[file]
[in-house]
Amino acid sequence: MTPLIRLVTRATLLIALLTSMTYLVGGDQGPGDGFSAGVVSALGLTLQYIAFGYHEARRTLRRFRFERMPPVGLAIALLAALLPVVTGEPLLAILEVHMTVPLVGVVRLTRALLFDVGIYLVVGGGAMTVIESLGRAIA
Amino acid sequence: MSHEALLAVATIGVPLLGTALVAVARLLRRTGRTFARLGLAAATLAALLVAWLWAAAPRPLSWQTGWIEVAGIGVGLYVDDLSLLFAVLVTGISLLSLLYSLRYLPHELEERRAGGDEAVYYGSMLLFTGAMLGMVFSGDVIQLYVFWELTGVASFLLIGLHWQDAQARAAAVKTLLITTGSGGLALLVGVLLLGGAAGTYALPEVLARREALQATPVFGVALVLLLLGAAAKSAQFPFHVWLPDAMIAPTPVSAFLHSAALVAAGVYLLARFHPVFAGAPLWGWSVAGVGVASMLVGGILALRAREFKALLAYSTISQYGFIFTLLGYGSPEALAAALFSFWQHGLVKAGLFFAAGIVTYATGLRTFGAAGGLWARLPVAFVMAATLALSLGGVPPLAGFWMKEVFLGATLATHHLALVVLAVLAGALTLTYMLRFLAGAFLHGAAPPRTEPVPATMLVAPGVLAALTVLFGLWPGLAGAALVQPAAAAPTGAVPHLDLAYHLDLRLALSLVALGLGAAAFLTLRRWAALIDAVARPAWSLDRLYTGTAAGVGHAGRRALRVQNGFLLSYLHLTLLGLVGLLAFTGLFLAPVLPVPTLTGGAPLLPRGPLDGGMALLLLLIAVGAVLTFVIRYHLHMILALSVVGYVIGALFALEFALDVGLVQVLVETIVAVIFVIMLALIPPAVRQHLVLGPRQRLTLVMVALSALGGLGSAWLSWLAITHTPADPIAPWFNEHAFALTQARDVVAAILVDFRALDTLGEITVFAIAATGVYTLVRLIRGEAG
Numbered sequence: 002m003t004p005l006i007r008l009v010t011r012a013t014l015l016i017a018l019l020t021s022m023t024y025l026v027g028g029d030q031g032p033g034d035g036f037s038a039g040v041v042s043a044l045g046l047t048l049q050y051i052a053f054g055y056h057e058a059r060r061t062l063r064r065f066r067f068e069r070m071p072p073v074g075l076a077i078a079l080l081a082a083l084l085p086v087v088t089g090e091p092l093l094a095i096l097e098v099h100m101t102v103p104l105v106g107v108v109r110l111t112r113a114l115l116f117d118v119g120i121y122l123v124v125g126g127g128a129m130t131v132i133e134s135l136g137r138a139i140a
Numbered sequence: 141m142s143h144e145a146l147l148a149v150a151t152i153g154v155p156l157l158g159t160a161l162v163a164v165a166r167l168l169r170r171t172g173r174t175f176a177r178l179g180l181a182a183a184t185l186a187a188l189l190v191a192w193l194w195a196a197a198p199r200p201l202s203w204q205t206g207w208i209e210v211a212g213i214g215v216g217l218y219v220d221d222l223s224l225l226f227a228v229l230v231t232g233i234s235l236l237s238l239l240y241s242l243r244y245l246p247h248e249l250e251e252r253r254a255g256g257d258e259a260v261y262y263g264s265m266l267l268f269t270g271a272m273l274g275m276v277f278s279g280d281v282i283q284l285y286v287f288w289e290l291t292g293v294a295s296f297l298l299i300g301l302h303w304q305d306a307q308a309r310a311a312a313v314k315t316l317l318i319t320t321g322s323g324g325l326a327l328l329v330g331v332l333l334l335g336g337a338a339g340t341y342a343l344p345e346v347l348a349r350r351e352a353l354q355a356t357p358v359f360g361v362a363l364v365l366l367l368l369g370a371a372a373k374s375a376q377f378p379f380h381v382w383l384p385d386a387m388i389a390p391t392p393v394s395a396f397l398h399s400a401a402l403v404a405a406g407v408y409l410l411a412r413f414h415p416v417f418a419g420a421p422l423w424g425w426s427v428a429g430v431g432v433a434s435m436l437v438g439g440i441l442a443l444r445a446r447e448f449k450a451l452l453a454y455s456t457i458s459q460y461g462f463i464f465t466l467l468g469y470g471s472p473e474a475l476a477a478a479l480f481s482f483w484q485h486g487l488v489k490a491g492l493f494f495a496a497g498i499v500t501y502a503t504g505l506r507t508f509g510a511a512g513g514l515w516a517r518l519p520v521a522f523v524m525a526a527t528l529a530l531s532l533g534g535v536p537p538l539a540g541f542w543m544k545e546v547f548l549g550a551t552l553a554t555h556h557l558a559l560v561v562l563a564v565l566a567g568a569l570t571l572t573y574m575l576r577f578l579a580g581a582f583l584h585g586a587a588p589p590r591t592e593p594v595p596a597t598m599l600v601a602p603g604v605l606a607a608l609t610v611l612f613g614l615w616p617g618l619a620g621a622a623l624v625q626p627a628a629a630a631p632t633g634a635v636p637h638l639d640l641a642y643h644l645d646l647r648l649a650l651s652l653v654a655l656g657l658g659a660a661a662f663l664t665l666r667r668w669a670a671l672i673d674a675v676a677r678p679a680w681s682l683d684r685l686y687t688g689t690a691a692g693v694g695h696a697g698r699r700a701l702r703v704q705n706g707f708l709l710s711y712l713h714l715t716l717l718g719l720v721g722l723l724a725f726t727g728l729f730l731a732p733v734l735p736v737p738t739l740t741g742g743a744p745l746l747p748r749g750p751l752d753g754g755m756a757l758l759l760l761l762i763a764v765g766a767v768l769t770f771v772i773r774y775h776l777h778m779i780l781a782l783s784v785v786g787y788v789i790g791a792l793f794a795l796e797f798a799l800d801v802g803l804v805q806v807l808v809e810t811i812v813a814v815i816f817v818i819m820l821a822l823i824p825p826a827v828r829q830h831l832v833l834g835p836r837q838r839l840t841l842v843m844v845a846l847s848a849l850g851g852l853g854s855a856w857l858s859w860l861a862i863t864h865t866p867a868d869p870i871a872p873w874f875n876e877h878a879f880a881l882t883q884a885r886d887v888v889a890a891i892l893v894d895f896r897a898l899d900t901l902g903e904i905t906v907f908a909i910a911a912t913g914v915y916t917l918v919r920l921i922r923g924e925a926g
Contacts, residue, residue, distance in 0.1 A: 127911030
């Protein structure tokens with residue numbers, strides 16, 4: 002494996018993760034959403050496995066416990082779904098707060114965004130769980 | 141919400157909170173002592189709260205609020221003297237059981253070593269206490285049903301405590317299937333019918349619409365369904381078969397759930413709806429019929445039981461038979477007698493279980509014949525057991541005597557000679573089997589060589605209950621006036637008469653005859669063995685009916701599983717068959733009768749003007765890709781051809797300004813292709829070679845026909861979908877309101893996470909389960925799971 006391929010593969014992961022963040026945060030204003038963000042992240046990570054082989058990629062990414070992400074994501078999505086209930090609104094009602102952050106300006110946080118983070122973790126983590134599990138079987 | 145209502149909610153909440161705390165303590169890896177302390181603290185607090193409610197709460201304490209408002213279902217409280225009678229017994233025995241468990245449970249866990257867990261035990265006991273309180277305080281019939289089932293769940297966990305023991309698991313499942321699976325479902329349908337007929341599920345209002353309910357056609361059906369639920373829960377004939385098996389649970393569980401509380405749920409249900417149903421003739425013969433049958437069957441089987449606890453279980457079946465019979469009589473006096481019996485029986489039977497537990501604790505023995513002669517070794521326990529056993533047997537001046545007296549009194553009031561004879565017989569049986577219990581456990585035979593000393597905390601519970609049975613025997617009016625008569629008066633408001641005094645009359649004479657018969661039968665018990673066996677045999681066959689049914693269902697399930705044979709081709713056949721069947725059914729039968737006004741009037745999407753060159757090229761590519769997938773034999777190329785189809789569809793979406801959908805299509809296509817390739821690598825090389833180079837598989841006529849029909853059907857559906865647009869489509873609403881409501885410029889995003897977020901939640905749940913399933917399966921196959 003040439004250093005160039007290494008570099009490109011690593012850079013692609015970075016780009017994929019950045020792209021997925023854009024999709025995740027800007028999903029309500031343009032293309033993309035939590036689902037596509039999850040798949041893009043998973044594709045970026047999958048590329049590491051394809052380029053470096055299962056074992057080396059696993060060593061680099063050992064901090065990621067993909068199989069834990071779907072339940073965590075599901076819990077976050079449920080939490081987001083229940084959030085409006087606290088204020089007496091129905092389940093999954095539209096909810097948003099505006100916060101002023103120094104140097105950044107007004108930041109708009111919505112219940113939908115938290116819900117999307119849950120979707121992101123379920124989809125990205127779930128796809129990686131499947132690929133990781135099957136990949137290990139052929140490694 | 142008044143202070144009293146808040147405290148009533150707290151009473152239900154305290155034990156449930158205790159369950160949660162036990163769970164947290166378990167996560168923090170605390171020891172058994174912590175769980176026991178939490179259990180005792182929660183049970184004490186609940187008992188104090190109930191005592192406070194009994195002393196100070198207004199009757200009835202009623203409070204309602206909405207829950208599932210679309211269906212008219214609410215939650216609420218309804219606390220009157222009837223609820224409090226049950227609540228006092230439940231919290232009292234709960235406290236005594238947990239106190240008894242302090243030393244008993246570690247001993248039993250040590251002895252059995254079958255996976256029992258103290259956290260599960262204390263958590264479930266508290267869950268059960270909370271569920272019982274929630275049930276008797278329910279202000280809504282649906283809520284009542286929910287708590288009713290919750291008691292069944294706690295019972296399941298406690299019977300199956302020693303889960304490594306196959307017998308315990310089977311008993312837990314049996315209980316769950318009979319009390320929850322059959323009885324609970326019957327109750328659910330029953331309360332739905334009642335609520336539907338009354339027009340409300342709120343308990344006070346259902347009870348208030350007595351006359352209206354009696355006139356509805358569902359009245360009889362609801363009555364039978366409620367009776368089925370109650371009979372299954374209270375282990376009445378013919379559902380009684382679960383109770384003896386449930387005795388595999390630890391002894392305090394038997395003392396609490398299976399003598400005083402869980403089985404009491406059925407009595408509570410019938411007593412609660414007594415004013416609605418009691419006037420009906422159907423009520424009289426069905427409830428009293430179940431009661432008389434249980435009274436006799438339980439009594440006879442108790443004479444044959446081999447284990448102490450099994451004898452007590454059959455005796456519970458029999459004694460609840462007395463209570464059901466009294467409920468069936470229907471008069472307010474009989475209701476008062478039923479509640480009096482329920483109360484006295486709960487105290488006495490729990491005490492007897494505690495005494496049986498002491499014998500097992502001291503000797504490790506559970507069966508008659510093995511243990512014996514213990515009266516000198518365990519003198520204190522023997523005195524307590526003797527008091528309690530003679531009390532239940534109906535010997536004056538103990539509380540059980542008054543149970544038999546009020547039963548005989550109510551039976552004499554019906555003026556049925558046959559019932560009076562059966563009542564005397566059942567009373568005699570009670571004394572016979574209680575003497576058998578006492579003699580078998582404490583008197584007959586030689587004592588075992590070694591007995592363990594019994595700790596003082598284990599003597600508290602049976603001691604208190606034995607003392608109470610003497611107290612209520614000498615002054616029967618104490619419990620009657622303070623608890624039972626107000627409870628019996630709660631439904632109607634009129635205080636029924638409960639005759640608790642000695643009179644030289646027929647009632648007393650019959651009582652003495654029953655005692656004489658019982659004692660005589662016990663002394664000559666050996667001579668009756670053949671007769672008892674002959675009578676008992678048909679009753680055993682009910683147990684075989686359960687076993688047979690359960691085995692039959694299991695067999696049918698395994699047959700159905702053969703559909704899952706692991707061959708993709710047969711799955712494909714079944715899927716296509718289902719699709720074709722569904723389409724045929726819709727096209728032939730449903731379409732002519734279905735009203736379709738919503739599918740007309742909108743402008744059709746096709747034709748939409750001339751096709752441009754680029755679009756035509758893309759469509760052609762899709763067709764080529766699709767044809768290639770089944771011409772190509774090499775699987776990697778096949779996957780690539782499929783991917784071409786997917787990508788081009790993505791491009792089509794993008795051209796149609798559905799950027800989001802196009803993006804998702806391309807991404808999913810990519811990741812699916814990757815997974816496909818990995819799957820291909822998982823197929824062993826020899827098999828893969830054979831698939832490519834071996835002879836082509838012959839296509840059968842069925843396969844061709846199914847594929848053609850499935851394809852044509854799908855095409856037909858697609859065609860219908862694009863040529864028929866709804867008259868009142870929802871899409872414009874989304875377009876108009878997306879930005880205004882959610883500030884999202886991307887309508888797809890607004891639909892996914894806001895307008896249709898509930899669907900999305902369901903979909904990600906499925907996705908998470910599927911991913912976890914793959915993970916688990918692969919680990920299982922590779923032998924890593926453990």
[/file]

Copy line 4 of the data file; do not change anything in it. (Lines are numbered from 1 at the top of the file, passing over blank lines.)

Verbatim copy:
Numbered sequence: 002m003t004p005l006i007r008l009v010t011r012a013t014l015l016i017a018l019l020t021s022m023t024y025l026v027g028g029d030q031g032p033g034d035g036f037s038a039g040v041v042s043a044l045g046l047t048l049q050y051i052a053f054g055y056h057e058a059r060r061t062l063r064r065f066r067f068e069r070m071p072p073v074g075l076a077i078a079l080l081a082a083l084l085p086v087v088t089g090e091p092l093l094a095i096l097e098v099h100m101t102v103p104l105v106g107v108v109r110l111t112r113a114l115l116f117d118v119g120i121y122l123v124v125g126g127g128a129m130t131v132i133e134s135l136g137r138a139i140a